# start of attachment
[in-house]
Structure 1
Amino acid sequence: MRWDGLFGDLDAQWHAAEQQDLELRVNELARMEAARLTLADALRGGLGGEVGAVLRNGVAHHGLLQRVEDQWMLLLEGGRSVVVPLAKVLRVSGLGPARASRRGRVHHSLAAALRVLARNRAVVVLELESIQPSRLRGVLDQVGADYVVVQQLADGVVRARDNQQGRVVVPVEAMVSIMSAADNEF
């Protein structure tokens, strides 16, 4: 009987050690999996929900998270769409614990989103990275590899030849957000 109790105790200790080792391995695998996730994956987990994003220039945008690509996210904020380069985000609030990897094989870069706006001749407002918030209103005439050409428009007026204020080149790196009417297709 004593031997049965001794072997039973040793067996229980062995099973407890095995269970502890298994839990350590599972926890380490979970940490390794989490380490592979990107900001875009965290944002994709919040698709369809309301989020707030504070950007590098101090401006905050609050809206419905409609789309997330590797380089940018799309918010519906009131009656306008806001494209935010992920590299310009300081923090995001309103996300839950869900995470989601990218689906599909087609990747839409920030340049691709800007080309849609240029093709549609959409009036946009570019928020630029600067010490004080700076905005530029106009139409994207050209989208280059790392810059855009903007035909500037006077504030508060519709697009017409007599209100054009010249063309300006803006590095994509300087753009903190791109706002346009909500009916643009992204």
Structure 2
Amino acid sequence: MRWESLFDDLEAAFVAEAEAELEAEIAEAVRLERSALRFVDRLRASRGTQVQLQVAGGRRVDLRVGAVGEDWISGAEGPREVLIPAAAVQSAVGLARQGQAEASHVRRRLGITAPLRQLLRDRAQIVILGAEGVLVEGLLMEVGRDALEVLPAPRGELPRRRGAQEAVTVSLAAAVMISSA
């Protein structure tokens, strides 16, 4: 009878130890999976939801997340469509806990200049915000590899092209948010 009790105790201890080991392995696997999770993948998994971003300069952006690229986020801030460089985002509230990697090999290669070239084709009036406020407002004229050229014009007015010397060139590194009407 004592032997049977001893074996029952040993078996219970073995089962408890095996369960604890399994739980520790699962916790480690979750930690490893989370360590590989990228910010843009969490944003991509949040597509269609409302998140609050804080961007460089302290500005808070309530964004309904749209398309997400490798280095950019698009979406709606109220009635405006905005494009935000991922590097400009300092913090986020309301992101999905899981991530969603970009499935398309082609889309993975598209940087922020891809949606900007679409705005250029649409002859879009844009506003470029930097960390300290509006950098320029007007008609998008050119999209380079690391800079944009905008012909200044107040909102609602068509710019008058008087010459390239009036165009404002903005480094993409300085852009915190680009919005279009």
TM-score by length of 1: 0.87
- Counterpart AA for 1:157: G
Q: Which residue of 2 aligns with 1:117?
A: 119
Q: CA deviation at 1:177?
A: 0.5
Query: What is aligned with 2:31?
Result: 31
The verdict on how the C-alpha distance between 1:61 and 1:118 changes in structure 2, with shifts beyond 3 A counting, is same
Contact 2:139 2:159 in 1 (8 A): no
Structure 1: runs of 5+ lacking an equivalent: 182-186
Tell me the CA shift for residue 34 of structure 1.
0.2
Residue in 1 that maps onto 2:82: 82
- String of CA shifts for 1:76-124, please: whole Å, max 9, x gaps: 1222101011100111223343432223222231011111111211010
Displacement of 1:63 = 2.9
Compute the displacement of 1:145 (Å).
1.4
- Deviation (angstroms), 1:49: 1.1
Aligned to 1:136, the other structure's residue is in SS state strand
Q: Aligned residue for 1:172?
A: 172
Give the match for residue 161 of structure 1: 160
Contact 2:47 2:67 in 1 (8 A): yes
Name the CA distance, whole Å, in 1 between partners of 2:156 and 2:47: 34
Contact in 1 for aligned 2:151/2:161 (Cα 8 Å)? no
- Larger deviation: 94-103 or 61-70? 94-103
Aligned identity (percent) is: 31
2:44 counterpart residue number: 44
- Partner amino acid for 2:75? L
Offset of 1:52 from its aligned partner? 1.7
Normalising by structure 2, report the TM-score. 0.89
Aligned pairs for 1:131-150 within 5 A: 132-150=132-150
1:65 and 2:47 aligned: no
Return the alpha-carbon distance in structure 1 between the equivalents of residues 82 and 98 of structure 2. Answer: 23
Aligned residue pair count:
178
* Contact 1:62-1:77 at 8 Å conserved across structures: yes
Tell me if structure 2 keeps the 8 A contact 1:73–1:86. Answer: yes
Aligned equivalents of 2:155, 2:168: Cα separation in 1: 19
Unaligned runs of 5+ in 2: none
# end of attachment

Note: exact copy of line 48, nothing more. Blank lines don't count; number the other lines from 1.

Unaligned runs of 5+ in 2: none